Figure 9. Profile curve of the dashed line in Figure 8. Each count (pixel value) was normalized by the maximum value.

using the conventional method L(C_{0.55}).

Reconstructed low-dose images L(C_{0.55}) and L(R_{0.50}) in Figure 11 show two profile curves along the line through the striatum. Comparison of the two profile curves reveals that the RABF method clarified the peaks of accumulation areas. Moreover, a buried peak of the striatum emerged. The RABF method significantly improved image quality (p < 0.01:
${Y}_{0.05}=0.170$ ,
${Y}_{0.01}=0.200$ ).

However, not as much difference as we had expected was found in normal dose images (Figure 6(b)). No significant difference was found in the results presented in Figure 10(b) (p > 0.05: ${Y}_{0.05}=0.187$ , ${Y}_{0.01}=0.219$ ).

Figure 10. Average preference score: (a) low-dose image test and (b) normal dose image test. Presence or absence of significant difference of the maximum of average preference scores is shown for the conventional and RABF methods.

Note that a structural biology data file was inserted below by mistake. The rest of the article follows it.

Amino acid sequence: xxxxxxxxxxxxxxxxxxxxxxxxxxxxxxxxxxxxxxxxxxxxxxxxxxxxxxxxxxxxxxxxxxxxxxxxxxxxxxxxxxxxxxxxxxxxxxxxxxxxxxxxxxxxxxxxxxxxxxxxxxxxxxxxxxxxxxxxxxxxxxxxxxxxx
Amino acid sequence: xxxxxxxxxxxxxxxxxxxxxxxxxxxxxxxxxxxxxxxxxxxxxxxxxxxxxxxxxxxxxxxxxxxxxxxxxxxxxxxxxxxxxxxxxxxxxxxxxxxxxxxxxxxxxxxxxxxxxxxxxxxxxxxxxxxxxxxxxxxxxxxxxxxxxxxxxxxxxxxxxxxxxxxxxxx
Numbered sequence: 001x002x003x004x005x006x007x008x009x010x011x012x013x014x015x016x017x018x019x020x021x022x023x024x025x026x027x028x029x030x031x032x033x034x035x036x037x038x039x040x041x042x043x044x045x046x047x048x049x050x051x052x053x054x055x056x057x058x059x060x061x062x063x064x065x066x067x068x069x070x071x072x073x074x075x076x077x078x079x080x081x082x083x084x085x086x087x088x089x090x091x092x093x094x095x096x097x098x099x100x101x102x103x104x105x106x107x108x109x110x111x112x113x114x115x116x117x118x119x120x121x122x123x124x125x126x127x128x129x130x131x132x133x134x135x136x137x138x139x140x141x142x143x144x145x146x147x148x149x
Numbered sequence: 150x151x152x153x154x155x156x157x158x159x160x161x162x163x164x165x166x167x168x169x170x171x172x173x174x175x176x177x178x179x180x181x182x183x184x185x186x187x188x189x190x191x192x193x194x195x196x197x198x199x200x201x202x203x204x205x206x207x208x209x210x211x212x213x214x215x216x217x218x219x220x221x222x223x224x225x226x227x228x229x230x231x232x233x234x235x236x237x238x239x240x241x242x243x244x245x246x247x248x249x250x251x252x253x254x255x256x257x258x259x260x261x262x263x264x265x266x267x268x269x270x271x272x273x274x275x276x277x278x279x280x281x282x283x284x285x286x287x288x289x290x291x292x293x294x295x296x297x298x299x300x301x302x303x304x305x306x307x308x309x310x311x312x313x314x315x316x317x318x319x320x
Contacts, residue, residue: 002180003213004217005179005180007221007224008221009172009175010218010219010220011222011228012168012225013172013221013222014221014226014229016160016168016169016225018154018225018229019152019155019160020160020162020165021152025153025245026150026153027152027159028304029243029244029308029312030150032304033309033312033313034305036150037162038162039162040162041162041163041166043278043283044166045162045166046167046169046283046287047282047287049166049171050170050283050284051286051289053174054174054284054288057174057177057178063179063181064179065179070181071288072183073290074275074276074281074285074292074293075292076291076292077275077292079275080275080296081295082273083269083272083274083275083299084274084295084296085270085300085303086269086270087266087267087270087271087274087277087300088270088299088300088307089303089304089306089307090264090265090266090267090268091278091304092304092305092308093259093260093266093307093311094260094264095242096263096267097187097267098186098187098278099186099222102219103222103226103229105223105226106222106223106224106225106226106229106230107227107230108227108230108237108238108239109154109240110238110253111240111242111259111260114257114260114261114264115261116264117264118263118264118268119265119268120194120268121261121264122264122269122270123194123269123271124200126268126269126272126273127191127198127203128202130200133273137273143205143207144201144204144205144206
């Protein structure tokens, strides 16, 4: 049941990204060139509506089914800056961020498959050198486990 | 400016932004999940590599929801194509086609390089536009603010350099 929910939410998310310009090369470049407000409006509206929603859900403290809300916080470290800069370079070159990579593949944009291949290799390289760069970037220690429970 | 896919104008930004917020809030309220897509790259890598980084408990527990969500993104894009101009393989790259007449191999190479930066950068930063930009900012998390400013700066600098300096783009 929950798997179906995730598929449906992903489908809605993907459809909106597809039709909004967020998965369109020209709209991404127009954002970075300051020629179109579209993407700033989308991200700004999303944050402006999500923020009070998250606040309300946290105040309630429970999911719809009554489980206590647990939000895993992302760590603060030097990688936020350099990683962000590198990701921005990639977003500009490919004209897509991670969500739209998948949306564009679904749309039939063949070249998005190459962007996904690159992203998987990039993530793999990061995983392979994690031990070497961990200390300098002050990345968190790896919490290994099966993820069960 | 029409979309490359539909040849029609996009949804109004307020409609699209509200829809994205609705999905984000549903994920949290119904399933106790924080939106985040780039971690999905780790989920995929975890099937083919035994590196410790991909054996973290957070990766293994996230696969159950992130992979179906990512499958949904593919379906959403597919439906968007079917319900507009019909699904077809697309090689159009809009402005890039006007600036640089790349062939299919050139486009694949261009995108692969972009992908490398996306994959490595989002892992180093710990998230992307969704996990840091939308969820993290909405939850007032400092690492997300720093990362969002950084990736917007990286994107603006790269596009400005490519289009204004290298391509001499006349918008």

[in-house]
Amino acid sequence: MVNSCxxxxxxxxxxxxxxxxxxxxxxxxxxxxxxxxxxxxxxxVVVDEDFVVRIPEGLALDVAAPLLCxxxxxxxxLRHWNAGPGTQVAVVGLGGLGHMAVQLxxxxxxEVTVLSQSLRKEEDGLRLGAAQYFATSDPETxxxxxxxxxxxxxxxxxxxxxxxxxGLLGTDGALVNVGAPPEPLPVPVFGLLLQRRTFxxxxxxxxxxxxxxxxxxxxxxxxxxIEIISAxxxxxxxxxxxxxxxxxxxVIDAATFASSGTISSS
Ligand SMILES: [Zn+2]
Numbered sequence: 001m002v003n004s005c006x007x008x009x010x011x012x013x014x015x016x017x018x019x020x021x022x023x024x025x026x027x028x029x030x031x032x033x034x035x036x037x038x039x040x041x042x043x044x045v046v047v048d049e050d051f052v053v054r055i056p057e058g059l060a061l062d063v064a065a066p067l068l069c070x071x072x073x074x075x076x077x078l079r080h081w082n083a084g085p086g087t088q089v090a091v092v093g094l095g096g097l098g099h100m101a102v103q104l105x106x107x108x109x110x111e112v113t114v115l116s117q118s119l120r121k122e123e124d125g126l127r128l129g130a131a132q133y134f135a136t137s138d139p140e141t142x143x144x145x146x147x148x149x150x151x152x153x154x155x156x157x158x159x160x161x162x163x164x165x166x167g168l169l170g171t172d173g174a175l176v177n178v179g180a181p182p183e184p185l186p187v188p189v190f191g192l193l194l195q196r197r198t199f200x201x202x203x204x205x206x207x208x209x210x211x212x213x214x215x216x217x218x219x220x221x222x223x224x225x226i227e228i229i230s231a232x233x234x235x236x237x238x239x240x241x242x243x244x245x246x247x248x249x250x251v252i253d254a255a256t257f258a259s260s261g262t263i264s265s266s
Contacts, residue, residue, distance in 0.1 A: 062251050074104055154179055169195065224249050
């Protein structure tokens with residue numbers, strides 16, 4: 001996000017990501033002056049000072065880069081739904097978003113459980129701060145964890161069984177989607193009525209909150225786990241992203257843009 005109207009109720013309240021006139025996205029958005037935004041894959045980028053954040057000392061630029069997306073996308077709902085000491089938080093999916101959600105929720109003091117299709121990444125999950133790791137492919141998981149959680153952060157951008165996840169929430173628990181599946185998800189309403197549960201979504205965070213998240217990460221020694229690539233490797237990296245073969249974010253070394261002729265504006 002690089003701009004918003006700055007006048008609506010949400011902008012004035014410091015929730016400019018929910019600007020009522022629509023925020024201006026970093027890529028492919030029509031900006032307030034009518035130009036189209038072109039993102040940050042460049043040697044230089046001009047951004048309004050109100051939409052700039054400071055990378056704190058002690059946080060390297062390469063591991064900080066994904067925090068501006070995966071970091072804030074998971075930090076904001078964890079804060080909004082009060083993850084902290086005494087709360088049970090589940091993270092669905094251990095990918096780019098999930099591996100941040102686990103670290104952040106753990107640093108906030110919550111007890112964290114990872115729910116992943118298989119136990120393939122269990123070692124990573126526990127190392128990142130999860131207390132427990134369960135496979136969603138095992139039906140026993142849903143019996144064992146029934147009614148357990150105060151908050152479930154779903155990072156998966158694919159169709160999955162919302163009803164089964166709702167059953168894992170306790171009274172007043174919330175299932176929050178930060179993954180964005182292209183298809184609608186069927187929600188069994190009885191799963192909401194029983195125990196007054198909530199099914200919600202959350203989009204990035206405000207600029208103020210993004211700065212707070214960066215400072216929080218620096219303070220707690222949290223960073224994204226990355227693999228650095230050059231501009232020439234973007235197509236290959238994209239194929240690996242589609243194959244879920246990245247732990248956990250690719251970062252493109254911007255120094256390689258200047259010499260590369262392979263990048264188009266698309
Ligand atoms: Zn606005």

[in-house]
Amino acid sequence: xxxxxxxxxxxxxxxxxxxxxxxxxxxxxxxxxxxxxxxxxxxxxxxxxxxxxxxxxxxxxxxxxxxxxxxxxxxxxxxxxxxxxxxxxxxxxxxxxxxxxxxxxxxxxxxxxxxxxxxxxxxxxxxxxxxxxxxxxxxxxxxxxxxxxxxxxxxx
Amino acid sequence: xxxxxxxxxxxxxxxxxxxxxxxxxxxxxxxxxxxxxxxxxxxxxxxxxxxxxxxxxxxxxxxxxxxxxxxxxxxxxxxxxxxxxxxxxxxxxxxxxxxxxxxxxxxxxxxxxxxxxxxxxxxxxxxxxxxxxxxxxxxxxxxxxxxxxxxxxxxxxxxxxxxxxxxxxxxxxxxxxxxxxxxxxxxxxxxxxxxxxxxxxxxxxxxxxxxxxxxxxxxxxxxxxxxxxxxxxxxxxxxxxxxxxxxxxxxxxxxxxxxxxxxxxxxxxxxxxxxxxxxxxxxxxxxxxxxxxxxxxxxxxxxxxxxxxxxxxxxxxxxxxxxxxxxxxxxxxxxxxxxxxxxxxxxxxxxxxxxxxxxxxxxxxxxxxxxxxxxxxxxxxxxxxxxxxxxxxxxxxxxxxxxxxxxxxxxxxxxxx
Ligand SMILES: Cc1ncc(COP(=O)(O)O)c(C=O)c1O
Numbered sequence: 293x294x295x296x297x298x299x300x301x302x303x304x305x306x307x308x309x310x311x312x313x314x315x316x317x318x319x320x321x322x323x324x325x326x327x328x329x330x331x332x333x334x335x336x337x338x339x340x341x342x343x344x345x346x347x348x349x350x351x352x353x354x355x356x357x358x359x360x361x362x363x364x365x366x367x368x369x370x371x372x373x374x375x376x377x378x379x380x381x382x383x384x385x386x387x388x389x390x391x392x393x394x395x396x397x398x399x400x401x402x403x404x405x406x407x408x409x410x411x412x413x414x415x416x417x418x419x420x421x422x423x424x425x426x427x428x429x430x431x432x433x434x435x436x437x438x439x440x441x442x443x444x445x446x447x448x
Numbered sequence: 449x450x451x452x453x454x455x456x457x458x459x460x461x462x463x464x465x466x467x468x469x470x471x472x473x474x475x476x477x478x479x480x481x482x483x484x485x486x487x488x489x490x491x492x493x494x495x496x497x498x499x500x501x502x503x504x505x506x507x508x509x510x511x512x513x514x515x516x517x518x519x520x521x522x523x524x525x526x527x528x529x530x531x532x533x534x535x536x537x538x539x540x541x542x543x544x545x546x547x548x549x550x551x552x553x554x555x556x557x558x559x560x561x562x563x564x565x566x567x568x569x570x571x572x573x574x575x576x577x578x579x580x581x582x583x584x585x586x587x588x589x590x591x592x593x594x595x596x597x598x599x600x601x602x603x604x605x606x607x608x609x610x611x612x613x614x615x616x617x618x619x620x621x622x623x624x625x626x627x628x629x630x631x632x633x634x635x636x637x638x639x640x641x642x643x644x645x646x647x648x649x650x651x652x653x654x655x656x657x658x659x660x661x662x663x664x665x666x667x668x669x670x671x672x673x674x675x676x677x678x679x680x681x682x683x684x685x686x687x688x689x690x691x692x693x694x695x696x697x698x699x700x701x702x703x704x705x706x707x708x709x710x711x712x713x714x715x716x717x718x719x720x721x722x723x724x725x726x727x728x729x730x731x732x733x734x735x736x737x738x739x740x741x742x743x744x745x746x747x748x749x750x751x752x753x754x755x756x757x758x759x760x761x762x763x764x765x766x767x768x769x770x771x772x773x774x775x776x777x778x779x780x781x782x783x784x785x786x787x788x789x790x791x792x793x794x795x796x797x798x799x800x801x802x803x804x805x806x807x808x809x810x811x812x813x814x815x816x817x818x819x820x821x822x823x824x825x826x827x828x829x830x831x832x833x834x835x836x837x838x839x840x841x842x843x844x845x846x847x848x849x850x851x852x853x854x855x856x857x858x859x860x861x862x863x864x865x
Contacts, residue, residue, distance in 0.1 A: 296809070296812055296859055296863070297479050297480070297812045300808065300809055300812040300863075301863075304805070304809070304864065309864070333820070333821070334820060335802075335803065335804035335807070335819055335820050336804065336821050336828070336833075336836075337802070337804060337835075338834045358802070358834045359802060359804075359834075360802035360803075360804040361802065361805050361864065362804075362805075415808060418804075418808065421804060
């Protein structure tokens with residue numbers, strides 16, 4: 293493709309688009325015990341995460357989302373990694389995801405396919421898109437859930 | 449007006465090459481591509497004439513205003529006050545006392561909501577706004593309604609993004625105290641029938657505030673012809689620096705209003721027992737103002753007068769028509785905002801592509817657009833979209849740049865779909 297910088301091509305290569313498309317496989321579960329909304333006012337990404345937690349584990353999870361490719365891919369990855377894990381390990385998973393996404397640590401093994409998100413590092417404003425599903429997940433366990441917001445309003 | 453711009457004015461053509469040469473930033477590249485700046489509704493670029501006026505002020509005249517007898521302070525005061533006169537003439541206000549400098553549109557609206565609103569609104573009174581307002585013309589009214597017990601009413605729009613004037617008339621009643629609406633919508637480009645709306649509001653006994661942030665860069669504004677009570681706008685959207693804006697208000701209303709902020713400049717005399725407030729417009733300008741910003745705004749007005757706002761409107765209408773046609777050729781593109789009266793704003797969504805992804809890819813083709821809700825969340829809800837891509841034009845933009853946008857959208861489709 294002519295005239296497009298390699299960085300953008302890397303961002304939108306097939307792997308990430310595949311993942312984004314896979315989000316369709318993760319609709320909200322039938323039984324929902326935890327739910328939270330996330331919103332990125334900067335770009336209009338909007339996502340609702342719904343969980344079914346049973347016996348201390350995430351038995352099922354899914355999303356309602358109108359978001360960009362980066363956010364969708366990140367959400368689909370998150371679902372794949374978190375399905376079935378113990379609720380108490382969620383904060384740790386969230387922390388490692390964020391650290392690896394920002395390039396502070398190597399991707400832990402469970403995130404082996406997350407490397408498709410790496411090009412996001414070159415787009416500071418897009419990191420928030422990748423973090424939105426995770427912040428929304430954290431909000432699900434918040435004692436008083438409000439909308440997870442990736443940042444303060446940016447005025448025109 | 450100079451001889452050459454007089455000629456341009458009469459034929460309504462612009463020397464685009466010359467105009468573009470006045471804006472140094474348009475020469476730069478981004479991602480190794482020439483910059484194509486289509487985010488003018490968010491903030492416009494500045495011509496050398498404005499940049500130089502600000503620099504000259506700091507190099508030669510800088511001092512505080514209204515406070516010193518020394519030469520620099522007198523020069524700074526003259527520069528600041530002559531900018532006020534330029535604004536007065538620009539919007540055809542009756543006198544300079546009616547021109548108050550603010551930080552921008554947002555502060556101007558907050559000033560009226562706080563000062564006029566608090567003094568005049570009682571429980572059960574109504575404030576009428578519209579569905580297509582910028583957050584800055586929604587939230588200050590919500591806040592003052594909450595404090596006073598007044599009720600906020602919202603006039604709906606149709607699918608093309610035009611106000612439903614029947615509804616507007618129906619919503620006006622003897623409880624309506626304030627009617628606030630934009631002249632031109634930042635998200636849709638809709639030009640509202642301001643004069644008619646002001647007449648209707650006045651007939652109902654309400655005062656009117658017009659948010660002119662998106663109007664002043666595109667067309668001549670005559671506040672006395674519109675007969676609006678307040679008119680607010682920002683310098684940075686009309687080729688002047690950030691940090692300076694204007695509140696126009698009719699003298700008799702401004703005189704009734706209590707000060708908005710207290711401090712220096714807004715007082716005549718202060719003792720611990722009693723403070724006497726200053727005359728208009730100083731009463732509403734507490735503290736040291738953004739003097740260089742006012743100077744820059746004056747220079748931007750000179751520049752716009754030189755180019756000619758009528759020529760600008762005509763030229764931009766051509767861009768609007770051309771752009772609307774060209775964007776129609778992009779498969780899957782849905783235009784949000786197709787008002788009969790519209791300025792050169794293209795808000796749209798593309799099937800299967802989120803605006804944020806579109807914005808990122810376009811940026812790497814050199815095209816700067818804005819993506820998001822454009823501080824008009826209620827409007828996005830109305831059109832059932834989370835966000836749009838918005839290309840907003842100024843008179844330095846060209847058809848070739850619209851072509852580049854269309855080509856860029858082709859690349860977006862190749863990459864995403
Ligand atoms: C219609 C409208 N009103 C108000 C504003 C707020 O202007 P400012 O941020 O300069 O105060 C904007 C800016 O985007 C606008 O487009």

Figure 11. Profile curves of the line through the striatum at L(C_{0.55}) and L(R_{0.5}_{0}) in Figure 6. The two peaks of the striatum were confirmed using the RABF method. A buried peak emerged at 67 pixels.

4. Discussions

Use of the Butterworth filter alone degrades image quality considerably for low-count SPECT data because it removes high-frequency signal components along with noise. Using RABF, we strove to remove noise without degrading the spatial resolution for low-count SPECT imaging.

The RABF worked robustly even with noisy images from SPECT projection data. This result cannot be obtained with the bilateral filter (Figure 7).

Our phantom study revealed that the RABF improved SNR without degrading the spatial resolution. The SNR was increased considerably (1.4 times) by the RABF method despite using high f_{c} . This result indicates that the RABF method has the same effect of doubling the count in nuclear medicine. It is expected to be very effective for low-count clinical practice.